FCD Surfboards / Patagonia Shaper: Fletcher Chouinard Year started shaping: 1996
What’s your shaping philosophy? We began in 1996 with a goal of making the strongest, lightest, hand-shaped boards possible. Causing no unnecessary harm is our guiding principle, so by default each board minimizes the use of toxic and nonrenewable materials, and we build each board one at a time as if it were our own.
What led you to become a shaper? The creativity of sculpting functional artwork seemed really cool to me. I’ve always enjoyed ceramics, woodworking, blacksmithing, and working with my hands. Plus, I liked the idea of having a quiver at cost.
Who is your biggest shaping influence? I take something valuable away from everything I see, read, or hear. You go stale in a bubble. I started with Steve Walden, helping him around his shop for a high school project. Then when I moved up north for school, I learned from Dave Parmenter for a while until he moved to Hawaii. I’ve gotten tips and pointers here and there from many other shapers like Mickey Munoz, Stan Fuji, Michel Junod, Gerry Lopez, and whomever else I can. Everyone’s methods are vastly different from the next guy and it’s all helpful in some way.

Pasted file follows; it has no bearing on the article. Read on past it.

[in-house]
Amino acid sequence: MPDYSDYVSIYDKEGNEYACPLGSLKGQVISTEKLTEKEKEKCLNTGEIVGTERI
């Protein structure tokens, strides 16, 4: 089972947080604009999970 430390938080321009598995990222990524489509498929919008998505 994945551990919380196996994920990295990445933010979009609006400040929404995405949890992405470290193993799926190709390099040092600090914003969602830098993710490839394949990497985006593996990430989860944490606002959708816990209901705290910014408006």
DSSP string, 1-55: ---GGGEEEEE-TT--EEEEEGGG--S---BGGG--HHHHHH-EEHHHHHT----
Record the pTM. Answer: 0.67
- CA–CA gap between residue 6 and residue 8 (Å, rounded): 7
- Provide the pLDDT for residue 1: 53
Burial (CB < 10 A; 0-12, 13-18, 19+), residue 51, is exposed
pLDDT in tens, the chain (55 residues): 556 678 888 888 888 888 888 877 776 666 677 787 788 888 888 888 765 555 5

What do others consider your expertise? Quality is our #1. Everything in life is a compromise, but we use the best materials we can find to make the longest lasting/lightest weight/non-toxic boards we can.
What do you consider your expertise? I’d say understanding people’s personal limitations and trying to overcome that for them with a shape that will fit them and improve their surfing.
What are your most popular models? We can’t keep the Fark’s in stock, they’re popular all year. Huevo’s and LB’s are always in the mix, especially this time of year, and Dan Malloy’s model the DM3 continues to be a much sought after model for the experienced surfer.
What is unique about the boards you shape? We’ve been making 100% EPOXY boards since ’97. We’ve been working to make stronger, more environmental boards that don’t compromise performance and stay true to the tradition of shaping and glassing hand-craftsmanship in board building.
How is your shaping influenced by your location? Our local pointbreaks often require a super fast, drivey, down-the-line approach to make sections and not get left in the dust. My boards have always been on the wider/flatter side. Speed is good, if you’re out-running the wave, cut back!